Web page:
Fragments of a Dream
By E.V. Zukas
Part of the magic and the mystery of a collection of books is trying to understand what draws an artist, a poet, a man to make a book, not knowing where it will find a home, or who will see it. The result of one such creative passion has come to rest here at the Jaffe Center. A woman brought the book to Arthur Jaffe, saying it was the work of her deceased brother-in-law. We have no other information except for two enclosed letters indicating that he had twice submitted it, in 1947 and again in 1952, to the publisher Dodd, Mead and Company. Both times it was rejected. According to the letters, the market determines what books reach the public and which are lost; to reproduce this one, the letters say, would have been economically unfeasible.
And yet here it is: A record of countless hours of work and thought. It is entirely handmade, its pages sewn into signatures and bound in calfskin with its title and author’s name embossed in gold. It is entirely a work of imagination and enormous effort: Poems to a single lost love and ruminations on life experience with multiple, often stunning, illustrations.
Compared to other books in the Jaffe Center’s collection, this is a humble example – it looks unexceptional, and its artistry, although exquisite in many places, is no more remarkable than that of many others. Its poems, collected as ‘Love Lyrics’ and ‘Wayside Gleanings’ are commonplace romantic poetic efforts, sometimes mourning lost love, sometimes extolling heroic acts, sometimes plainly hortatory.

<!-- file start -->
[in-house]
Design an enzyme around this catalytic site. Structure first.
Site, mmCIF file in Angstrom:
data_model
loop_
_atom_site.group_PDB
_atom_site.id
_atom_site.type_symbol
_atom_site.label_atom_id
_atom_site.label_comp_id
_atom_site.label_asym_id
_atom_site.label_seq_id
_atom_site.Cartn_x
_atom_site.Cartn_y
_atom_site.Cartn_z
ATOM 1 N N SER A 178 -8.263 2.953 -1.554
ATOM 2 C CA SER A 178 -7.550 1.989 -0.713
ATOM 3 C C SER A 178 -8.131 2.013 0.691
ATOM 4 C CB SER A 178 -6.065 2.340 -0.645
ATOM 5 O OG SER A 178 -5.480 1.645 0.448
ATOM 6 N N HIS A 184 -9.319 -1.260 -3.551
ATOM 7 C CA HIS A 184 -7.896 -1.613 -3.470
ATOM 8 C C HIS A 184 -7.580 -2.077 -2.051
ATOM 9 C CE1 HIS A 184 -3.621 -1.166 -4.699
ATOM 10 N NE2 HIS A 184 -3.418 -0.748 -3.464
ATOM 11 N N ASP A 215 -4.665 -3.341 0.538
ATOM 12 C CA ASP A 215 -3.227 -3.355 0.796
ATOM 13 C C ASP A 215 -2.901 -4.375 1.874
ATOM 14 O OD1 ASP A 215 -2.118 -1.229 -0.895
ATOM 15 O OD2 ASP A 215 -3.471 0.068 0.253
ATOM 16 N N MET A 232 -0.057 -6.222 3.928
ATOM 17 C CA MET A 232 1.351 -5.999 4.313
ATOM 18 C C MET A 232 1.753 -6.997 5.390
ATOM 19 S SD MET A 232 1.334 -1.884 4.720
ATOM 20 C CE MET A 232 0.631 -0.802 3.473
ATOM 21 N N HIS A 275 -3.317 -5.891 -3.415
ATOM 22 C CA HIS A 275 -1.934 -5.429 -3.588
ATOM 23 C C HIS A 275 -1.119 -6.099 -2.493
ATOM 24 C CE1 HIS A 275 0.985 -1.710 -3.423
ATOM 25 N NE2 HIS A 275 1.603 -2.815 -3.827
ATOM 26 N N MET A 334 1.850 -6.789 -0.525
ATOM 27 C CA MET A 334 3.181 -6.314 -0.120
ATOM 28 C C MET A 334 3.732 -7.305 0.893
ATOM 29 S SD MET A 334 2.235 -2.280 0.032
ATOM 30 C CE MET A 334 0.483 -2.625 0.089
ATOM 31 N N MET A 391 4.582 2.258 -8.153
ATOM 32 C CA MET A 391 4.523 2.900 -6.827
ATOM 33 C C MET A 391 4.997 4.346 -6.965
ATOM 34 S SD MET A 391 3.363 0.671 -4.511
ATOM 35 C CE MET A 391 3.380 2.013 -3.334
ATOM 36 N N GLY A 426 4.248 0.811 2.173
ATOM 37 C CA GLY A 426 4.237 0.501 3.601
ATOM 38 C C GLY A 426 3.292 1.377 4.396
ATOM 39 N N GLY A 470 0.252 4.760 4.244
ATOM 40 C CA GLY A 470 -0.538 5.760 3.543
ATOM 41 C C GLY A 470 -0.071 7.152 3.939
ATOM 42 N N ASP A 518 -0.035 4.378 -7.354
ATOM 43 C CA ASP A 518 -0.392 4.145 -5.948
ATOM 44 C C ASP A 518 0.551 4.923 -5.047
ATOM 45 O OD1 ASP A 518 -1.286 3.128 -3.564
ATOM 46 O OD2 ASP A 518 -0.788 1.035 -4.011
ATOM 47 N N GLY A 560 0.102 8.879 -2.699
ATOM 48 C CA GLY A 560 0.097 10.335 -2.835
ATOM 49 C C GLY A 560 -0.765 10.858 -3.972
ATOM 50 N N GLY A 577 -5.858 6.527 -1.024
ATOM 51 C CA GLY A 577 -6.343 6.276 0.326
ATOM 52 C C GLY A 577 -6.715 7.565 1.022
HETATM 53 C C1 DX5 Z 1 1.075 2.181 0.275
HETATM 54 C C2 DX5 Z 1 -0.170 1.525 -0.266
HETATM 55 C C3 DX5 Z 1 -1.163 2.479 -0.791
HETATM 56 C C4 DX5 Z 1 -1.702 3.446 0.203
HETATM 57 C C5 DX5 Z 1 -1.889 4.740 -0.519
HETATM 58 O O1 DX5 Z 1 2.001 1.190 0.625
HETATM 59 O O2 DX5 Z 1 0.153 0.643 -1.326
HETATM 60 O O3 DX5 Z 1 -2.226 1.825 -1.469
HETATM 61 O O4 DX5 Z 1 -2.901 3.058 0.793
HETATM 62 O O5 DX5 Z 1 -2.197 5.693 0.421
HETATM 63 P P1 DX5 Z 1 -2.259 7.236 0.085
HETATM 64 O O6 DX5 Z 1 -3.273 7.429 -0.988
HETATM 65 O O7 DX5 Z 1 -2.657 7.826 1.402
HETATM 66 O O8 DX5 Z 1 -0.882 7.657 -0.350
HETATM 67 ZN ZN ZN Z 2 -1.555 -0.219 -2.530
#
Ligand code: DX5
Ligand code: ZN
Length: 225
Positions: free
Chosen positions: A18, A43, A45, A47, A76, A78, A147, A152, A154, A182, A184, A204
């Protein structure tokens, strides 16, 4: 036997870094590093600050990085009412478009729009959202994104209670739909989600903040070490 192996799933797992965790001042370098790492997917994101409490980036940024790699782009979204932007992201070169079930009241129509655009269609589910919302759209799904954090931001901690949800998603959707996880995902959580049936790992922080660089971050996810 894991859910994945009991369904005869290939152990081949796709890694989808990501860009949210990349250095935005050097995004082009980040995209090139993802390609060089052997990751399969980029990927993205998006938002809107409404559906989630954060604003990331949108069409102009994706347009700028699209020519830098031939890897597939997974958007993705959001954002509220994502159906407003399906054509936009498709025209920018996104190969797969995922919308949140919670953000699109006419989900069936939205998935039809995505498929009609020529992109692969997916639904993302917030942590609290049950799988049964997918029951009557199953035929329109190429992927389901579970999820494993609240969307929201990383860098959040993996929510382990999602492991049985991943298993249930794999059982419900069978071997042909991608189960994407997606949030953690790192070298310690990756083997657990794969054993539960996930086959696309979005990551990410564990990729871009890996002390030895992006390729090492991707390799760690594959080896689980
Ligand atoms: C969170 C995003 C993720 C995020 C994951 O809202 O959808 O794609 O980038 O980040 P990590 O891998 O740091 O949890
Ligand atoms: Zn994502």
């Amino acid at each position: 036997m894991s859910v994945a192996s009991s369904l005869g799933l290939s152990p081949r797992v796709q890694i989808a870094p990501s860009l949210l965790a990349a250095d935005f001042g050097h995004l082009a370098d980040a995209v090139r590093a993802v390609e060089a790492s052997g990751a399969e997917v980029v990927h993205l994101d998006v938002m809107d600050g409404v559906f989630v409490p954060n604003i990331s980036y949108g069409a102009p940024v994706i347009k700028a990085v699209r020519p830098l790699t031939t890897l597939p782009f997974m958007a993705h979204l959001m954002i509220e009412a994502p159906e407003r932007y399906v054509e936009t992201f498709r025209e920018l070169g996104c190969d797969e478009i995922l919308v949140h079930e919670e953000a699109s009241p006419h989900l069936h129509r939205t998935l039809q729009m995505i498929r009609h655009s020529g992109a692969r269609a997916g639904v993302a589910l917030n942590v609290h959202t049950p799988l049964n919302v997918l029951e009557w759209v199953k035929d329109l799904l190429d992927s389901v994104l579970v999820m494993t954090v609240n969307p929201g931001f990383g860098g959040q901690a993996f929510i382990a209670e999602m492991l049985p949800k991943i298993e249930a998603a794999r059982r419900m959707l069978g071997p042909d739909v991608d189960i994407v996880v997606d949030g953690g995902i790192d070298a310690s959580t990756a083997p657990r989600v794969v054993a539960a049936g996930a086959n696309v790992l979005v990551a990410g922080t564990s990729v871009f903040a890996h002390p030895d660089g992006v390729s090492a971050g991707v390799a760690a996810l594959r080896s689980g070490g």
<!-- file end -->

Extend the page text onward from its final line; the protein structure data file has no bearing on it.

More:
But the maker’s dedication, his determination to set down in his own careful hand fair copies of his poems and to illustrate them painstakingly with pen, ink and marker, to illuminate with great delicacy and imagination the first letters of each offering, makes Fragments of a Dream emblematic in a way of what books are about – the unwavering resolve to present and preserve experience and reflection. Set among the more radiant gems of this collection, E.V.Zukas’s work reminds the viewer that everywhere there is private human striving towards this ultimate goal.
- Judith Klau
- • Handwritten poetry and art
- • Illustrations in pen, ink, and marker
- • Handbound in calfskin with gold lettering